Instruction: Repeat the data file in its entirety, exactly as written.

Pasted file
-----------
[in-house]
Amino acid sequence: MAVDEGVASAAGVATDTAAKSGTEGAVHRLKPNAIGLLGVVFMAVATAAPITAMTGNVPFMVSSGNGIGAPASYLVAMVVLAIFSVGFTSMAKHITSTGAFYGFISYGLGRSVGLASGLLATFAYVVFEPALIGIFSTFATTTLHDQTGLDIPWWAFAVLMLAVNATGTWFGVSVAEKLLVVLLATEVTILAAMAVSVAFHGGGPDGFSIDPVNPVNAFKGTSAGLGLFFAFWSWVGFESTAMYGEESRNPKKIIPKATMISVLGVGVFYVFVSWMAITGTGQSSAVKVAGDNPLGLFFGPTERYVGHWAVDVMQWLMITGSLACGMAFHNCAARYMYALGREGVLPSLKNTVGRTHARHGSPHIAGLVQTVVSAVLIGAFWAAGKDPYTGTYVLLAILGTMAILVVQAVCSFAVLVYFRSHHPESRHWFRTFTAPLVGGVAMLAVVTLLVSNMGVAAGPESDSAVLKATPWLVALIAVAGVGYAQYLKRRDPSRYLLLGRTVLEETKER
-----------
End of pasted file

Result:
[in-house]
Amino acid sequence: MAVDEGVASAAGVATDTAAKSGTEGAVHRLKPNAIGLLGVVFMAVATAAPITAMTGNVPFMVSSGNGIGAPASYLVAMVVLAIFSVGFTSMAKHITSTGAFYGFISYGLGRSVGLASGLLATFAYVVFEPALIGIFSTFATTTLHDQTGLDIPWWAFAVLMLAVNATGTWFGVSVAEKLLVVLLATEVTILAAMAVSVAFHGGGPDGFSIDPVNPVNAFKGTSAGLGLFFAFWSWVGFESTAMYGEESRNPKKIIPKATMISVLGVGVFYVFVSWMAITGTGQSSAVKVAGDNPLGLFFGPTERYVGHWAVDVMQWLMITGSLACGMAFHNCAARYMYALGREGVLPSLKNTVGRTHARHGSPHIAGLVQTVVSAVLIGAFWAAGKDPYTGTYVLLAILGTMAILVVQAVCSFAVLVYFRSHHPESRHWFRTFTAPLVGGVAMLAVVTLLVSNMGVAAGPESDSAVLKATPWLVALIAVAGVGYAQYLKRRDPSRYLLLGRTVLEETKER